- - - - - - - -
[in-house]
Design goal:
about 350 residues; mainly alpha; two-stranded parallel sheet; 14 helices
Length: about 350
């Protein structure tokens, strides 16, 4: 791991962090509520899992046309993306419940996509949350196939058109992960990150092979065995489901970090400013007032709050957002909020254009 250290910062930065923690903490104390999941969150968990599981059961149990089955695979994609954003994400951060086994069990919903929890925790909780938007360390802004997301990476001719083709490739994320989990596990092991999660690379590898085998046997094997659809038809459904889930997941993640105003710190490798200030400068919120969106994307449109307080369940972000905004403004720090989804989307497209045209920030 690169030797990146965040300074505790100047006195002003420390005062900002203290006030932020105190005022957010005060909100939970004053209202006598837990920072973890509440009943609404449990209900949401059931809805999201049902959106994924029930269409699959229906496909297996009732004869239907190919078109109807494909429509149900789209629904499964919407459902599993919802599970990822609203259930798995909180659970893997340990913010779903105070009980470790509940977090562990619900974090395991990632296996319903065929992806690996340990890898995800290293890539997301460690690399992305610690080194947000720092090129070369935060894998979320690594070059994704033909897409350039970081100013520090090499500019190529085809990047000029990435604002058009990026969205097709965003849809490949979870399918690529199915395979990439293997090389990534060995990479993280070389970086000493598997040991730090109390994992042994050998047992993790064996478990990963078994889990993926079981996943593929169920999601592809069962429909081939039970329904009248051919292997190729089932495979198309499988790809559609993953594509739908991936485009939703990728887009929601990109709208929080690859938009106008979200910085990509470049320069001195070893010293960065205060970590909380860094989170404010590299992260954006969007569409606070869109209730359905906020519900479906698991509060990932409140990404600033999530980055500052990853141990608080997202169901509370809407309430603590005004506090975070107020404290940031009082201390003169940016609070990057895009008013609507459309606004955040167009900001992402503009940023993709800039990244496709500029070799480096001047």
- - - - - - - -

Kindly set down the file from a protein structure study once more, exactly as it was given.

[in-house]
Design goal:
about 350 residues; mainly alpha; two-stranded parallel sheet; 14 helices
Length: about 350
């Protein structure tokens, strides 16, 4: 791991962090509520899992046309993306419940996509949350196939058109992960990150092979065995489901970090400013007032709050957002909020254009 250290910062930065923690903490104390999941969150968990599981059961149990089955695979994609954003994400951060086994069990919903929890925790909780938007360390802004997301990476001719083709490739994320989990596990092991999660690379590898085998046997094997659809038809459904889930997941993640105003710190490798200030400068919120969106994307449109307080369940972000905004403004720090989804989307497209045209920030 690169030797990146965040300074505790100047006195002003420390005062900002203290006030932020105190005022957010005060909100939970004053209202006598837990920072973890509440009943609404449990209900949401059931809805999201049902959106994924029930269409699959229906496909297996009732004869239907190919078109109807494909429509149900789209629904499964919407459902599993919802599970990822609203259930798995909180659970893997340990913010779903105070009980470790509940977090562990619900974090395991990632296996319903065929992806690996340990890898995800290293890539997301460690690399992305610690080194947000720092090129070369935060894998979320690594070059994704033909897409350039970081100013520090090499500019190529085809990047000029990435604002058009990026969205097709965003849809490949979870399918690529199915395979990439293997090389990534060995990479993280070389970086000493598997040991730090109390994992042994050998047992993790064996478990990963078994889990993926079981996943593929169920999601592809069962429909081939039970329904009248051919292997190729089932495979198309499988790809559609993953594509739908991936485009939703990728887009929601990109709208929080690859938009106008979200910085990509470049320069001195070893010293960065205060970590909380860094989170404010590299992260954006969007569409606070869109209730359905906020519900479906698991509060990932409140990404600033999530980055500052990853141990608080997202169901509370809407309430603590005004506090975070107020404290940031009082201390003169940016609070990057895009008013609507459309606004955040167009900001992402503009940023993709800039990244496709500029070799480096001047």